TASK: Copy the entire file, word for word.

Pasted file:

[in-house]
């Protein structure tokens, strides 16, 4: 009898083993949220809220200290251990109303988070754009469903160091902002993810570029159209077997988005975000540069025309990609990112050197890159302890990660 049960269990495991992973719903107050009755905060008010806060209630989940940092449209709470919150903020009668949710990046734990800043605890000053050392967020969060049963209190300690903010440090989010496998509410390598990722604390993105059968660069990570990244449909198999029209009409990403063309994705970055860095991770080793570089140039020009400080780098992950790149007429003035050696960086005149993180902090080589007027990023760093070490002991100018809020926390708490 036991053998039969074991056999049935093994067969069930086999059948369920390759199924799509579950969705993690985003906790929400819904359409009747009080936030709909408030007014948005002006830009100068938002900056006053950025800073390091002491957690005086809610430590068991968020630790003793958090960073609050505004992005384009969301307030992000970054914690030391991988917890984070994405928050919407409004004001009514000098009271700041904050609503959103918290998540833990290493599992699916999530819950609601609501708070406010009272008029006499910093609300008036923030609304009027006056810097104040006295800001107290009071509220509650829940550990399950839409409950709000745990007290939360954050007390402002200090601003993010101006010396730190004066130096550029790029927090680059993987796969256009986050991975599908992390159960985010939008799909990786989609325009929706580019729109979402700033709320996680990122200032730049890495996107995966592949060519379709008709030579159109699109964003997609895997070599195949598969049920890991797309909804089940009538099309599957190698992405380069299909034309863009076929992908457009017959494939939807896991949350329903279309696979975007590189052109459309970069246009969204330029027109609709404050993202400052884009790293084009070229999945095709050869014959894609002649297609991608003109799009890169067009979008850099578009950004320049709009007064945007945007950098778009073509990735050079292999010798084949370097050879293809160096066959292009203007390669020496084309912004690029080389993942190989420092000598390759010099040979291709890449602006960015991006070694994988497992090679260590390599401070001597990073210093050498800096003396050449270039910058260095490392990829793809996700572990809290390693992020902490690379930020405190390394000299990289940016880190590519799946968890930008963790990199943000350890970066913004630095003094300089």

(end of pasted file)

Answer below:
[in-house]
């Protein structure tokens, strides 16, 4: 009898083993949220809220200290251990109303988070754009469903160091902002993810570029159209077997988005975000540069025309990609990112050197890159302890990660 049960269990495991992973719903107050009755905060008010806060209630989940940092449209709470919150903020009668949710990046734990800043605890000053050392967020969060049963209190300690903010440090989010496998509410390598990722604390993105059968660069990570990244449909198999029209009409990403063309994705970055860095991770080793570089140039020009400080780098992950790149007429003035050696960086005149993180902090080589007027990023760093070490002991100018809020926390708490 036991053998039969074991056999049935093994067969069930086999059948369920390759199924799509579950969705993690985003906790929400819904359409009747009080936030709909408030007014948005002006830009100068938002900056006053950025800073390091002491957690005086809610430590068991968020630790003793958090960073609050505004992005384009969301307030992000970054914690030391991988917890984070994405928050919407409004004001009514000098009271700041904050609503959103918290998540833990290493599992699916999530819950609601609501708070406010009272008029006499910093609300008036923030609304009027006056810097104040006295800001107290009071509220509650829940550990399950839409409950709000745990007290939360954050007390402002200090601003993010101006010396730190004066130096550029790029927090680059993987796969256009986050991975599908992390159960985010939008799909990786989609325009929706580019729109979402700033709320996680990122200032730049890495996107995966592949060519379709008709030579159109699109964003997609895997070599195949598969049920890991797309909804089940009538099309599957190698992405380069299909034309863009076929992908457009017959494939939807896991949350329903279309696979975007590189052109459309970069246009969204330029027109609709404050993202400052884009790293084009070229999945095709050869014959894609002649297609991608003109799009890169067009979008850099578009950004320049709009007064945007945007950098778009073509990735050079292999010798084949370097050879293809160096066959292009203007390669020496084309912004690029080389993942190989420092000598390759010099040979291709890449602006960015991006070694994988497992090679260590390599401070001597990073210093050498800096003396050449270039910058260095490392990829793809996700572990809290390693992020902490690379930020405190390394000299990289940016880190590519799946968890930008963790990199943000350890970066913004630095003094300089």